Economist explains 50 years of occupation. Obfuscates 50 years of bad Palestinian decisions.

We can only hope that Economist will one day engage in self-reflection on their coverage of the region, and begin to critically scrutinize Palestinians with a rigor that's currently almost entirely reserved for Israelis. 

One of the Economist’s featured articles in their special report on the anniversary of the 1967 war (‘Six Days of War, 50 Years of Occupation’) putatively focuses on Israel’s stunning economic achievements, but ultimately pivots to a more predictable tale of exploitation and inequality. 

Here are the key paragraphs from the first half of the article, focusing on Israeli achievements, titled “Israel’s economy is a study in contrasts”:


Israel attracts about 15% of the world’s venture-capital investment in cyber-security. It is part of Israel’s booming “startup-nation” economy, the most dynamic innovation ecosystem outside America….Other high-tech areas look promising, too, among them agricultural and water technology (building on Israel’s expertise in desert farming), digital health services and financial technology.

The biggest buzz is over driverless cars. Boosters think that Israel can help produce their brains—computer vision, lidar (laser scanning), artificial intelligence and cyber-security—leaving the engines and the metal-bashing to others. Intel, a giant maker of computer chips, has recently bought Mobileye, which makes driver-assistance systems, for $15.3bn.

All this marks a remarkable change from the 1980s, when Israel was on the brink of financial collapse. Its near-defeat in the Yom Kippur war had caused it to push defence spending to an extraordinary 30% of GDP in 1975. By 1984 public debt had reached nearly 300% of GDP and hyperinflation peaked at 450% a year.

In the past decade the economy has grown at about 4% a year. The unemployment rate is 4.3%, a record low. The labour-force participation rate has risen. A country with few natural resources plans to export gas to Europe from its offshore fields, and is selling water to Jordan as water desalination gathers pace…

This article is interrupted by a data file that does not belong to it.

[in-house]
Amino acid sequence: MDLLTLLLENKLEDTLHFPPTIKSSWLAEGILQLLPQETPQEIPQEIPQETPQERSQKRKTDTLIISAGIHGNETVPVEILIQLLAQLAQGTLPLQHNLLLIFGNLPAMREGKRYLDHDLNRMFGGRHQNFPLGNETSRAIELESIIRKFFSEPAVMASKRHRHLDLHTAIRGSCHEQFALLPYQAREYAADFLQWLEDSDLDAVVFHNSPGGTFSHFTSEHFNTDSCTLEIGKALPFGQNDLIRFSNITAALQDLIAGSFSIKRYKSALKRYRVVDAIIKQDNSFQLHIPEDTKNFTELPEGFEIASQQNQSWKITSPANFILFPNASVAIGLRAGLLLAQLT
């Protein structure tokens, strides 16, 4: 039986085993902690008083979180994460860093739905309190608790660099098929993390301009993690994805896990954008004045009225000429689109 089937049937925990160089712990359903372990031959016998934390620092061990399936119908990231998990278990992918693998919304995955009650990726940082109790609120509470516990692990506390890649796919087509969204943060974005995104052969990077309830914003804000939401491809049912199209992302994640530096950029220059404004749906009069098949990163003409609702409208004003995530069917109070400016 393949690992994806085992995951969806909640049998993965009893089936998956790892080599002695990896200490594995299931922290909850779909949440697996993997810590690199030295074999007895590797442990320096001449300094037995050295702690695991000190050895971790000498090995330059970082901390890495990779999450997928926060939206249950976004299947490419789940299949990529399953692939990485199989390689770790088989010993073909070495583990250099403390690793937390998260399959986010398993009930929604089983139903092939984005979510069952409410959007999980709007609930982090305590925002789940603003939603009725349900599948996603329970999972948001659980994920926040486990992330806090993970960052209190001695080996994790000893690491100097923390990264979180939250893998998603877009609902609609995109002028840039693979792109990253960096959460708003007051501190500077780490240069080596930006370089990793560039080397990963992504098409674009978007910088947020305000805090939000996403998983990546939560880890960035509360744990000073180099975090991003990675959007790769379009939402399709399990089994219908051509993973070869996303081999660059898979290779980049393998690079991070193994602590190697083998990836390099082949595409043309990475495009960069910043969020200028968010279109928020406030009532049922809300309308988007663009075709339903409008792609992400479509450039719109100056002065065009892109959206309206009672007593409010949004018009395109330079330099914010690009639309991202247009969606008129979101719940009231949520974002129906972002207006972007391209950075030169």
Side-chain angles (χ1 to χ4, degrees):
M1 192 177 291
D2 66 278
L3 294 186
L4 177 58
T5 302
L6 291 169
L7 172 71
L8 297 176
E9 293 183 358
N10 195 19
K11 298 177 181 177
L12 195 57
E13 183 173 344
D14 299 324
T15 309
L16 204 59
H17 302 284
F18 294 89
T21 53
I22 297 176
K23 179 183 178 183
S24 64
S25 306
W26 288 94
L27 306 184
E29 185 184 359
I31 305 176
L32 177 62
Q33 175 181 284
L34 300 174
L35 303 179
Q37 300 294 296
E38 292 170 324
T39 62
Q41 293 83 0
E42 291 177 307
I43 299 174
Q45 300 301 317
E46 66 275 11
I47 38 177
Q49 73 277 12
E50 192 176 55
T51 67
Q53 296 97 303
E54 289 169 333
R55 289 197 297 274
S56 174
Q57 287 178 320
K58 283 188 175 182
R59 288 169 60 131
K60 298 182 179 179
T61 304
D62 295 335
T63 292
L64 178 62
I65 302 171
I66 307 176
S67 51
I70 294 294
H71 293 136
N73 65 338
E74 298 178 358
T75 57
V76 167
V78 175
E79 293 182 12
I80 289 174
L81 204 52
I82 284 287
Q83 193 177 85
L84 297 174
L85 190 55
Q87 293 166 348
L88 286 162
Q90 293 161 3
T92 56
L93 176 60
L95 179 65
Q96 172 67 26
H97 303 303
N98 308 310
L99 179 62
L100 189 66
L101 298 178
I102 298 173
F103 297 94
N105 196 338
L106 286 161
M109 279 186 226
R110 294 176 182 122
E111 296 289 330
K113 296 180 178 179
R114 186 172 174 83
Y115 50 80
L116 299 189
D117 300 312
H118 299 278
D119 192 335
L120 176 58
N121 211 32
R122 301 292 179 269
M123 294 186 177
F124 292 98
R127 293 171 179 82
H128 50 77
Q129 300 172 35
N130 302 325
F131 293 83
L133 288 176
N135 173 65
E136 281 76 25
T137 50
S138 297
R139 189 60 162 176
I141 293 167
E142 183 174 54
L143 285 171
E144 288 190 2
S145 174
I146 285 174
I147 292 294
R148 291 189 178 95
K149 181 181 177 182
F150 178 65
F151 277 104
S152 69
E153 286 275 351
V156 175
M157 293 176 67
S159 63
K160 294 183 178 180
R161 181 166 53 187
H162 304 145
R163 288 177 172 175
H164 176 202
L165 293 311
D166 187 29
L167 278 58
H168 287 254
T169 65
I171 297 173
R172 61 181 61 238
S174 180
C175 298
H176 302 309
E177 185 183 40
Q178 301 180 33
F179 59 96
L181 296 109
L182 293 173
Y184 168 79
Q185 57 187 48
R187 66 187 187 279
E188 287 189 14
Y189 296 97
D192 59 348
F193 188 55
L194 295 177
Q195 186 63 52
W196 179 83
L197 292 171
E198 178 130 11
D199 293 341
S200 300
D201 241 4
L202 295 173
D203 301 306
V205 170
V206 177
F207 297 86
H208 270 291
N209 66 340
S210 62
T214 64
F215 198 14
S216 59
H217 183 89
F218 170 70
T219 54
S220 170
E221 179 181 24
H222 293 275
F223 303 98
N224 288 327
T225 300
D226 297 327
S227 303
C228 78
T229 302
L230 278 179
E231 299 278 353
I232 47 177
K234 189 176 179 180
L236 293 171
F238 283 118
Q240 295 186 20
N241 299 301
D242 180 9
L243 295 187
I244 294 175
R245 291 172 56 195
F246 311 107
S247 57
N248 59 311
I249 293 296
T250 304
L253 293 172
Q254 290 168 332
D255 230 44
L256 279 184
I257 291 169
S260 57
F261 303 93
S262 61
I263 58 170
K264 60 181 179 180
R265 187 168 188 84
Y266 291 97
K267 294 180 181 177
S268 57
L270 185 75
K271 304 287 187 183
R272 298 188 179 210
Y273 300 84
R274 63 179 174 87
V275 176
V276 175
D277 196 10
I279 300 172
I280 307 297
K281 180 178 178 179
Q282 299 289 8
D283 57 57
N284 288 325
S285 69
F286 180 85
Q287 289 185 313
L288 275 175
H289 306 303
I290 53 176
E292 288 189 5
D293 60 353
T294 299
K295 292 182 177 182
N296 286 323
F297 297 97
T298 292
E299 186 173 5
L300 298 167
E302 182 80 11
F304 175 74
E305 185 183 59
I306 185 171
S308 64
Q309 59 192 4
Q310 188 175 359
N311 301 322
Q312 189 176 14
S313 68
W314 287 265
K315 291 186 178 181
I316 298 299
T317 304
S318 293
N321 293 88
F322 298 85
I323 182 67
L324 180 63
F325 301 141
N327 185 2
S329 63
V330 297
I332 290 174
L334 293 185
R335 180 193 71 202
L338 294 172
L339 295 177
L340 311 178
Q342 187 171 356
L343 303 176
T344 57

Israel has not had a recession…since the height of the second intifada

The Economist then raises some reasonable points about the challenges facing the Israeli economy. These include stubbornly high poverty rates, under-performing schools and low worker participation rates among Arab citizens and the ultra-Orthodox.  However, in their effort to find a root cause for such problems, the article takes a decidedly tendentious turn.  They uncritically quote Dan Ben-David, of Tel Aviv University, who claims that “Israel has chronically under-invested in education and infrastructure because resources have been spent on subsidies for ultra-Orthodox yeshivas and Jewish settlements.”

Is this true?

Well, for starters, the total annual Israeli budget for 2016 was 424.8 billion shekels.  

The government spends (according the Finance Ministry, as reported by Globes) about 1 billion shekels per year on the settlements.

Total government funding for yeshivot is 1.2 billion shekels.  

To put the expenditures on settlements (1 billion) and yeshivot (1.2 billion) in better perspective, on education alone in 2016, Israel spent 52.2 billion shekels.  So, whilst it is true that Israel’s investment in education and infrastructure are low (as a percentage of GDP) compared to other OECD countries, the figures cited above raise serious questions about the claim that under-investment in these sectors are a result of high spending on settlements and yeshivot.

The Economist then correctly notes some of the factors behind the high cost of living in Israel, before introducing their concluding topic, what they refer to as “Occupation Economics”.

Here are some excerpts: